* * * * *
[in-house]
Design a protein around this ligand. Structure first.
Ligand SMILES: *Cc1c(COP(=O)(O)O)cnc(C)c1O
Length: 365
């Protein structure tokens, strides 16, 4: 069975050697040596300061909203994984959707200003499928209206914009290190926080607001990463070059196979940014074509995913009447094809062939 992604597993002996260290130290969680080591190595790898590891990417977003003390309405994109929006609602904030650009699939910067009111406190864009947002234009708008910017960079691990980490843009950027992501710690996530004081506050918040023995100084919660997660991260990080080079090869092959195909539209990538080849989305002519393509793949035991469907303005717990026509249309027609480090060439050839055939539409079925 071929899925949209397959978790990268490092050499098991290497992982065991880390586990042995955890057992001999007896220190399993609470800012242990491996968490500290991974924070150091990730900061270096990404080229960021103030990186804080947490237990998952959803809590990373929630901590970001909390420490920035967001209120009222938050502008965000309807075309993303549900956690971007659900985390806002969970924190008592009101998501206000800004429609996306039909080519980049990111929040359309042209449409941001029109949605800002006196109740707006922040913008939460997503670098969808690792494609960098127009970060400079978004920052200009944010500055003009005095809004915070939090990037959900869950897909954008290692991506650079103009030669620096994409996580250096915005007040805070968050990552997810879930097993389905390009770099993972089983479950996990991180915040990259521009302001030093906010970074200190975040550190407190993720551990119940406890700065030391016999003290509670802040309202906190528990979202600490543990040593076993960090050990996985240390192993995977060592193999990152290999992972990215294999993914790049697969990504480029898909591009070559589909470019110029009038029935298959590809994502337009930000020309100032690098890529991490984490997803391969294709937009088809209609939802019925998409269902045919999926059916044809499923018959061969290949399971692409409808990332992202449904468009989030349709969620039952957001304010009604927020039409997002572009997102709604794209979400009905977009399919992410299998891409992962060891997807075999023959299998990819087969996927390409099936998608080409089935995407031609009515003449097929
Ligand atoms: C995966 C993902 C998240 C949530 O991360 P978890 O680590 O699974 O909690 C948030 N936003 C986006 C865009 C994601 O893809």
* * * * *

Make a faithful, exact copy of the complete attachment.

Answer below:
[in-house]
Design a protein around this ligand. Structure first.
Ligand SMILES: *Cc1c(COP(=O)(O)O)cnc(C)c1O
Length: 365
């Protein structure tokens, strides 16, 4: 069975050697040596300061909203994984959707200003499928209206914009290190926080607001990463070059196979940014074509995913009447094809062939 992604597993002996260290130290969680080591190595790898590891990417977003003390309405994109929006609602904030650009699939910067009111406190864009947002234009708008910017960079691990980490843009950027992501710690996530004081506050918040023995100084919660997660991260990080080079090869092959195909539209990538080849989305002519393509793949035991469907303005717990026509249309027609480090060439050839055939539409079925 071929899925949209397959978790990268490092050499098991290497992982065991880390586990042995955890057992001999007896220190399993609470800012242990491996968490500290991974924070150091990730900061270096990404080229960021103030990186804080947490237990998952959803809590990373929630901590970001909390420490920035967001209120009222938050502008965000309807075309993303549900956690971007659900985390806002969970924190008592009101998501206000800004429609996306039909080519980049990111929040359309042209449409941001029109949605800002006196109740707006922040913008939460997503670098969808690792494609960098127009970060400079978004920052200009944010500055003009005095809004915070939090990037959900869950897909954008290692991506650079103009030669620096994409996580250096915005007040805070968050990552997810879930097993389905390009770099993972089983479950996990991180915040990259521009302001030093906010970074200190975040550190407190993720551990119940406890700065030391016999003290509670802040309202906190528990979202600490543990040593076993960090050990996985240390192993995977060592193999990152290999992972990215294999993914790049697969990504480029898909591009070559589909470019110029009038029935298959590809994502337009930000020309100032690098890529991490984490997803391969294709937009088809209609939802019925998409269902045919999926059916044809499923018959061969290949399971692409409808990332992202449904468009989030349709969620039952957001304010009604927020039409997002572009997102709604794209979400009905977009399919992410299998891409992962060891997807075999023959299998990819087969996927390409099936998608080409089935995407031609009515003449097929
Ligand atoms: C995966 C993902 C998240 C949530 O991360 P978890 O680590 O699974 O909690 C948030 N936003 C986006 C865009 C994601 O893809």